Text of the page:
Courtesy of dav.d Photography.

Salt Lake Acting Company’s “Hand to God,” their most recent production, offers up plenty of dark laughs along with an in-depth look into themes of family, guilt and faith. SLAC’s adaptation of Robert Askins’ five-time Tony nominated play will be sure to shock even the most adventurous of audiences, for all the right reasons.

The production begins with a kind of prologue/monologue delivered by Tyronne, a maniacal hand puppet expertly controlled by actor Riley O’Toole. This monologue traces back to the beginning of man and the subsequent formation of community and establishment of religion which inevitably follows. This opening scene does an excellent job of setting the tone of the play, one that is often profane, dark and thought-provoking.

Tyrone giving the opening monologue operated by Riley O’Toole during a performance of ‘Hand to God’ on Thursday, April 13th, 2017. Courtesy of dav.d Photography. 

What follows is a story centered around Jason, a troubled teenage boy struggling to find himself and express what he feels to his devout mother, Marjorie. She is newly widowed and throws herself into her work for the church as she attempts to prepare a sock-puppet show for the congregation. As Jason seeks to let out his repressed feelings of sorrow and understand the nature of his complex emotions, he turns to his sock puppet Tyrone as an outlet. Soon, Tyrone seems to take on a life of his own and his behavior becomes more and more erratic and offensive as the play progresses.

Riely O’Toole, a graduate of the University of Minnesota’s Actor Training Program is given the difficult task of manipulating and bringing to life Tyrone while also acting the part of Jason. What results is an impressive display of puppeteering and a convincing portrayal of a teenager in the midst of a full on split-personality disorder. Even though Jason and Tyrone are on two entirely different ends of the temperament spectrum, O’Toole switches completely from one to the other with admirable speed and credibility.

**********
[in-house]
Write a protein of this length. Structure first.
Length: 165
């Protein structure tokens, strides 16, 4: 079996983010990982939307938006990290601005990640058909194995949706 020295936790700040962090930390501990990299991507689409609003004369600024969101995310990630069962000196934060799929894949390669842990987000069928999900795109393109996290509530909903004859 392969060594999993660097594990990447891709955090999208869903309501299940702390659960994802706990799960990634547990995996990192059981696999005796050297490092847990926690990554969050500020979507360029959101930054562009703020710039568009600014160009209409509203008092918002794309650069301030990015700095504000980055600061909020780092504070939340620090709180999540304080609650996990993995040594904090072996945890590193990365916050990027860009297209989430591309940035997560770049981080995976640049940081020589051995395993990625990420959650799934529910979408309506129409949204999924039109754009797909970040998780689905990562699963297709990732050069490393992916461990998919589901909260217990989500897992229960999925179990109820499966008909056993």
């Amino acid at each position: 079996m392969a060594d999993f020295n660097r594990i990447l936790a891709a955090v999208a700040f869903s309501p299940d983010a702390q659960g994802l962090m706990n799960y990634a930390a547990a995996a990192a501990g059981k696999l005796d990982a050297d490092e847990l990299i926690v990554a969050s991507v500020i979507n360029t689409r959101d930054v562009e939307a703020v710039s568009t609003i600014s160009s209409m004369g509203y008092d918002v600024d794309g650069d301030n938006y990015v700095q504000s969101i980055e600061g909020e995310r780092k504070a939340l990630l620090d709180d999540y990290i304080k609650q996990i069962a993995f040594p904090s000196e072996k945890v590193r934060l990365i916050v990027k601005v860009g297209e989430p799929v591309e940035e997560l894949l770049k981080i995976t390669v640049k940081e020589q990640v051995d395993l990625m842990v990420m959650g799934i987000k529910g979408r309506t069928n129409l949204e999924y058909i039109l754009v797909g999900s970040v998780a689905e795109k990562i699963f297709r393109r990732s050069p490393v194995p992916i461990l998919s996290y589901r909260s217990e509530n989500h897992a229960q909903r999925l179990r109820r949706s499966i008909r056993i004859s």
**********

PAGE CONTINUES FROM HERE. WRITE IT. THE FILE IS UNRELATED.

Another violent and expressive performance comes from Nathan Vaughn, who is currently enrolled as a freshman in the University of Utah’s Actors Training Program. Without giving away too much, Vaughn’s performance truly shines during heated exchanges with Alexandra Harbold who plays the role of Marjorie.

The rest of the cast also give stirring performances, Daniel Beecher presents the audience with a great representation of a caring man who can’t seem to overcome his crippling loneliness. Amy Ware’s portrayal of Jessica during one of the funniest moments of the show impressively combined teenage angst with just the right amount of explicit puppet intercourse.

The not-so-subtle set design change which occurs in-between the first and second act is also a hilarious highlight. Religious posters are covered with satanic graffiti and bloodied barbies are even hung from upside down crosses.

It’s important to note that alongside the brilliance is the fact that this could prove to be a deeply offensive show to some. The profanity is clever and most importantly, gut-wrenchingly funny—but it does abound.

The vulgar nature of this play does serve a purpose. At the end of the day, Askins is getting audiences to look at how grief can affect a family unit and how faith may not be the clear answer. A frank discussion on this subject matter may prove to be controversial in a state like Utah, but it may also be invaluable.

“Hand to God” will be performed Wednesday through Saturday at 7:30 p.m., and Sunday at 1 p.m. and 6 p.m. from April 12 to May 14. Additional performances will be taking place on Tuesday, May 2 at 7:30 p.m. and on Saturday, May 13 at 2 p.m.

Single tickets range from $15.00 to $42.00, depending on the performances. Student discounts do apply; you can call their box office at 801-363-7522 or visit their website at for further information on pricing.

The Salt Lake Acting Company is located at 168 West 500 South across from Washington Elementary.



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